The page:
Asia Pacific’s insatiable appetite for innovation and convenience is fueling the growth of digital economies throughout the region. In fact, IDC predicts that by 2026, 40% of total revenue for the top 2,000 Asia-based organizations will be generated by digital products, services, and experiences. With digital products here to stay and the economic outlook uncertain, businesses are under pressure to innovate within tight budget constraints.
Thankfully, for many businesses operating in this digital age, there’s one thing they can control in order to attract and retain customers – their digital product. Whether you’re Grab, Shopee, or DBS, your app is an integral part of your customer’s experience and relationship with your brand. This means that in order to keep users happy and coming back, businesses must constantly refine their digital product experience.
To do this, businesses need to know where and when to make the right bets on their product. And while that may sound like a daunting and nebulous task, the starting point is actually much more accessible than you might think: data.
Sitting on a data goldmine
For the longest time, businesses have been lectured on the importance of data collection – and the experts who preached this mantra weren’t wrong. Fast forward to today, and many businesses find themselves sitting on a mountain of product and customer data that now holds the key to delivering amazing digital experiences.
But it’s not enough to just accumulate an abundance of data. Now, businesses must start drilling into that mountain to surface actionable insights that will propel growth. What is the data telling them about what customers want, what their pain points are, and what companies must do to not just meet but exceed customer expectations?
Only by uncovering clear and timely insights about how customers interact with their apps can businesses modify and optimize their digital products accurately to meet the needs of their users. With time, continued analysis, and constant optimization, businesses will find that their digital products consistently hit the mark with each new tweak, slowly becoming an indispensable part of their customers’ lives.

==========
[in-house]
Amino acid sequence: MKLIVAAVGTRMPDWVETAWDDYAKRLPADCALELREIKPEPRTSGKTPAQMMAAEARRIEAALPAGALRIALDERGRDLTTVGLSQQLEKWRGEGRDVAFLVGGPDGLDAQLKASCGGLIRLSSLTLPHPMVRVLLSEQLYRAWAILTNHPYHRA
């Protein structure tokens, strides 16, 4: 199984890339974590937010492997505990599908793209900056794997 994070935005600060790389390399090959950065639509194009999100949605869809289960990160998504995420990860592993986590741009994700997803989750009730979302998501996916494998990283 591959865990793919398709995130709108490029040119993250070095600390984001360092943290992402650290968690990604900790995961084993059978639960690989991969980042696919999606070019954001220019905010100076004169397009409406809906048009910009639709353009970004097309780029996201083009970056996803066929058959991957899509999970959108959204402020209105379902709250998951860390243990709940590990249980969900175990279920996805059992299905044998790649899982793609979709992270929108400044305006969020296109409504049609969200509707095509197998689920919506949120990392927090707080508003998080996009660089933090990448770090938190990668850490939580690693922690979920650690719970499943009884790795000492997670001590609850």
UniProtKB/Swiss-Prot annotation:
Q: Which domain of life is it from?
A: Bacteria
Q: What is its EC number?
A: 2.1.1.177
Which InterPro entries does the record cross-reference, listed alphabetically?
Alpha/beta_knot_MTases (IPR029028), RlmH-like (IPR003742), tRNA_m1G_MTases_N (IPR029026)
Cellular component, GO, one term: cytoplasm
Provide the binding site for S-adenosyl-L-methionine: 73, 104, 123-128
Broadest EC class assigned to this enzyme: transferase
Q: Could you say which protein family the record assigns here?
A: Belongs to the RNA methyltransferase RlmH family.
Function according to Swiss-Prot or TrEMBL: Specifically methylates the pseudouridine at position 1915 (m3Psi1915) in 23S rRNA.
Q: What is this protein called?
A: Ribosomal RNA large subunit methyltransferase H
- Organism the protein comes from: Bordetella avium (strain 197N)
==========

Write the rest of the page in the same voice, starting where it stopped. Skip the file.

Measuring what matters most
The sheer wealth of data available these days can be intimidating for businesses looking to make sense of it all. This is especially tricky when it comes to reconciling how data relates to the bottom line. For decades, businesses have been relying on surface-level metrics like page clicks and views to measure success. The problem is these metrics don’t tell the whole story and could only provide superficial – and often unactionable – insights. In other words, businesses know the “what”, but never the “why”.
Now, businesses can use data to bring them much closer to the driving force behind their success: customer satisfaction.
In practical terms, this means rethinking their growth strategy to tie closely to what their product data is telling them about customer behavior. They’ll need to stop relying on vanity metrics and start tracking insights like where and when customers are successfully converting, what actions in the product ultimately lead to a sale, or what your best customers have in common. To pull this off, businesses must integrate their product data with analytics, so that tracking progress is as easy as clicking a button.
Take Jumbo Interactive, the Australian lottery company, as an example. In the past, Jumbo’s marketing team would cast a wide net, frequently blasting their customers with emails. And while some of these customers would end up buying more, conversion rates remained low. They wanted to take a personalized approach to boost conversions and secure more sales, but they didn’t know how to get there.